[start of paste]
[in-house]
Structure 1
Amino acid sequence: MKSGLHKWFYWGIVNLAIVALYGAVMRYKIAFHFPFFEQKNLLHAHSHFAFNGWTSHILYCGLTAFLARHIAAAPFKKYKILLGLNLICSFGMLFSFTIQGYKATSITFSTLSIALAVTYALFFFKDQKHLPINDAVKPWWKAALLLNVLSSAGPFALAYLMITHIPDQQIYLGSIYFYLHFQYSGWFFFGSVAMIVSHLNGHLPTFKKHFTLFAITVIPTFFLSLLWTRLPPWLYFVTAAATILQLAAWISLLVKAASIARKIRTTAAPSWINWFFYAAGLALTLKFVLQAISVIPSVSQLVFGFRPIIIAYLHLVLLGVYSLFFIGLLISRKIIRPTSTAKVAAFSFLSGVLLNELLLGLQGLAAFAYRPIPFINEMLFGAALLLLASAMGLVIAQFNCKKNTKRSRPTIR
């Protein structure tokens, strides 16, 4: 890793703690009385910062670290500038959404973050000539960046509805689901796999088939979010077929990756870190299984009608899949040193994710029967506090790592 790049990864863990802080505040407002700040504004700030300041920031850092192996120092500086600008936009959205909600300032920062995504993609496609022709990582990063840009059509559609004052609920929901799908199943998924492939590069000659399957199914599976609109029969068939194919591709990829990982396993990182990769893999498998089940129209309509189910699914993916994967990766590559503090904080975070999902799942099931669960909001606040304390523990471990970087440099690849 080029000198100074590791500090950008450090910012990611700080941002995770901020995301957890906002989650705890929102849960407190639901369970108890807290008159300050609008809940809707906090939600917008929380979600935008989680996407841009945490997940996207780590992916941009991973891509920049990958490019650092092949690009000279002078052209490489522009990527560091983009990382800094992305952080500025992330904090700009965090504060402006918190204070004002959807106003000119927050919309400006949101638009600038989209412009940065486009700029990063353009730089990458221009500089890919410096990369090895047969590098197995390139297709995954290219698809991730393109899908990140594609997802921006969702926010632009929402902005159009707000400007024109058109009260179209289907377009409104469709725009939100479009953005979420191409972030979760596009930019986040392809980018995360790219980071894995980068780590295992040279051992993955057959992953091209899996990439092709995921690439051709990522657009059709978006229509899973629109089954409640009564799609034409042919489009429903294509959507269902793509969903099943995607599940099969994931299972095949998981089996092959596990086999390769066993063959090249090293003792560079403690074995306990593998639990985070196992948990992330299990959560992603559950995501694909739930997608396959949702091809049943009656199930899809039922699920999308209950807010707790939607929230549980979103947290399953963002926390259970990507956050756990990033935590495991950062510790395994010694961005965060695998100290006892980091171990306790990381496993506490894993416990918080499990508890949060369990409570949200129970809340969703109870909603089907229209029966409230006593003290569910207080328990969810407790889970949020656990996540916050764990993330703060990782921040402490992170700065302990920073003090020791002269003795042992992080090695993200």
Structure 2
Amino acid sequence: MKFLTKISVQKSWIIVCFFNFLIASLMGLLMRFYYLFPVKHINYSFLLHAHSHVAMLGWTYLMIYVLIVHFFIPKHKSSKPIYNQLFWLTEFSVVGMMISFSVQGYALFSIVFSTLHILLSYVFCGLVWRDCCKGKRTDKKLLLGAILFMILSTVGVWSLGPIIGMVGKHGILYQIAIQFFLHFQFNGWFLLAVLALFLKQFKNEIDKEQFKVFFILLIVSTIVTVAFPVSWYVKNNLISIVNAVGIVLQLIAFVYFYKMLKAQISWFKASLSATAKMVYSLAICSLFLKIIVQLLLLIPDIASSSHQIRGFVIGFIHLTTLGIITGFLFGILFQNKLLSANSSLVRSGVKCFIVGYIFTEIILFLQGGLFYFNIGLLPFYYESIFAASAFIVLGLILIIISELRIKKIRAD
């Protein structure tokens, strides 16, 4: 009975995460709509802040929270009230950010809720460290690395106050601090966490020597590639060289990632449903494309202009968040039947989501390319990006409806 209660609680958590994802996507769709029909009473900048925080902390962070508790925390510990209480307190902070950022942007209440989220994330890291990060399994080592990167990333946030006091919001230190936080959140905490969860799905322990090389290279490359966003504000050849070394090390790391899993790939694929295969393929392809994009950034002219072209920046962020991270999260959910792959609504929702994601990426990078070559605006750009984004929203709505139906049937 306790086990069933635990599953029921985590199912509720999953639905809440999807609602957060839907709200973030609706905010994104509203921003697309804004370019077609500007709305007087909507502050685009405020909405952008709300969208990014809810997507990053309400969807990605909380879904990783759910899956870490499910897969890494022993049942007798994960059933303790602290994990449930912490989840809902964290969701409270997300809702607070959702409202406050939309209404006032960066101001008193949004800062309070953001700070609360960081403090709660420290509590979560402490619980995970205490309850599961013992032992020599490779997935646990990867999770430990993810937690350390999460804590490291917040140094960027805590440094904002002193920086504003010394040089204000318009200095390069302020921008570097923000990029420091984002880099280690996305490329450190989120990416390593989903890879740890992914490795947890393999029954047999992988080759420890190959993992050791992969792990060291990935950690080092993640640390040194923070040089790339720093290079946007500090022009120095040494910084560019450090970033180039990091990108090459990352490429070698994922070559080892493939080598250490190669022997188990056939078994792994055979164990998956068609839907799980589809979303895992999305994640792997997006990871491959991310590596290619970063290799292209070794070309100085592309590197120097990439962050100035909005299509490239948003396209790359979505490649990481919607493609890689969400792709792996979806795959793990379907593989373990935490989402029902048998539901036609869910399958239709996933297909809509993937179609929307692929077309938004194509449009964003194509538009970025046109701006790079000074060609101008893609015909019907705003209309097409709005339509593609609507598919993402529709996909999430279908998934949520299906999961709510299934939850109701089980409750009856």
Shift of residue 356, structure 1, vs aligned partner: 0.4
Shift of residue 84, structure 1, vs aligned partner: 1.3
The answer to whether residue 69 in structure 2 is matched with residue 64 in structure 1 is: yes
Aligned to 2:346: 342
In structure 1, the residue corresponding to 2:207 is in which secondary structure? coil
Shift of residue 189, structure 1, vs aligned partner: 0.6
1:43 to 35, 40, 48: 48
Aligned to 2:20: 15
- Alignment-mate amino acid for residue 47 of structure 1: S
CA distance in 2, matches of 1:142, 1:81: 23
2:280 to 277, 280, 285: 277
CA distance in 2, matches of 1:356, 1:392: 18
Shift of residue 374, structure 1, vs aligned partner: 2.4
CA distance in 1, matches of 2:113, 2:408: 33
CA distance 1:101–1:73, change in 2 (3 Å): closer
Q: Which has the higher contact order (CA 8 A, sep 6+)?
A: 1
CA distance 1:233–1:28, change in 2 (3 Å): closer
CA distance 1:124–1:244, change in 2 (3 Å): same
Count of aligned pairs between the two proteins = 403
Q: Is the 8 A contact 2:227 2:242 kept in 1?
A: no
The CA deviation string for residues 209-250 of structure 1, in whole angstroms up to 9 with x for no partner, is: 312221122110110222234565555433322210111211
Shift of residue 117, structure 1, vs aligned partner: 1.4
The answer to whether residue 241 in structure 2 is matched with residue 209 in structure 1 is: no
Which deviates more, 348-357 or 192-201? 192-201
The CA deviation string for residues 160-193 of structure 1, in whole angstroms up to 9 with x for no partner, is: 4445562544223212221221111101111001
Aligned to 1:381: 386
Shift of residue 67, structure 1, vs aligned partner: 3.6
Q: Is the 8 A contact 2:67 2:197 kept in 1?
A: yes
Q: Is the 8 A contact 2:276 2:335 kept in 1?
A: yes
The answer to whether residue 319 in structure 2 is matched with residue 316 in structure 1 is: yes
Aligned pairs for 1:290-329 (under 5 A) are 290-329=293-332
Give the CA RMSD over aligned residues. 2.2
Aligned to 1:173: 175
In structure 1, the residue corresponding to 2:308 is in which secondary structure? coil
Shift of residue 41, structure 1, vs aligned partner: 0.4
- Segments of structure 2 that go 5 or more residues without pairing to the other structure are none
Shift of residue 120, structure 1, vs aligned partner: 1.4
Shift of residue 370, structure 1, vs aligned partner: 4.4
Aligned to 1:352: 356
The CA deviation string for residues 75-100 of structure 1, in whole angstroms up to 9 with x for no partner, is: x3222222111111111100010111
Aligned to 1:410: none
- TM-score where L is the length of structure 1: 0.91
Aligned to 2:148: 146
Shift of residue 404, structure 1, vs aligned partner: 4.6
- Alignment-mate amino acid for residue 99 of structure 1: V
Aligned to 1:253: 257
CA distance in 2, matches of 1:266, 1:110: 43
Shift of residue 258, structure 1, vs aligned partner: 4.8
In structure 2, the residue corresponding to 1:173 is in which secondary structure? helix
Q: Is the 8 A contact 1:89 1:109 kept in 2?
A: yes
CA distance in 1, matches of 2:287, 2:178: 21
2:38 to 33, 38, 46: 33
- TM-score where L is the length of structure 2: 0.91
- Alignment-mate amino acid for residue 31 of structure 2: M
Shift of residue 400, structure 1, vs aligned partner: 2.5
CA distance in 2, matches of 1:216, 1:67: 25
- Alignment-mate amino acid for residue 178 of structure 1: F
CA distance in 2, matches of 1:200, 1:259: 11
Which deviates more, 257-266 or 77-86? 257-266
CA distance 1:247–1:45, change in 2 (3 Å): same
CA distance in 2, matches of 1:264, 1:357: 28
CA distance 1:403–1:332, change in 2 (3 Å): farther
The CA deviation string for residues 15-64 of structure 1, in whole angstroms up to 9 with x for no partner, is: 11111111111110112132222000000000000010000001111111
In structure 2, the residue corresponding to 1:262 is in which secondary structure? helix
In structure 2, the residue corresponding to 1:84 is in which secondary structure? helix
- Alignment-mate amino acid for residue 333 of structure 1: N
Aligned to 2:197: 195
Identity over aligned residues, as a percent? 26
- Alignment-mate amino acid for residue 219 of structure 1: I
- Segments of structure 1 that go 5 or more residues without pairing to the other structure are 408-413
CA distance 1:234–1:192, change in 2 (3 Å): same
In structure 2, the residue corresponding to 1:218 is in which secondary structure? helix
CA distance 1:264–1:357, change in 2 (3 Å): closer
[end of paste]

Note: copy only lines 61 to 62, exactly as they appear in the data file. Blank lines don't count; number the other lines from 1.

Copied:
Q: Is the 8 A contact 1:89 1:109 kept in 2?
A: yes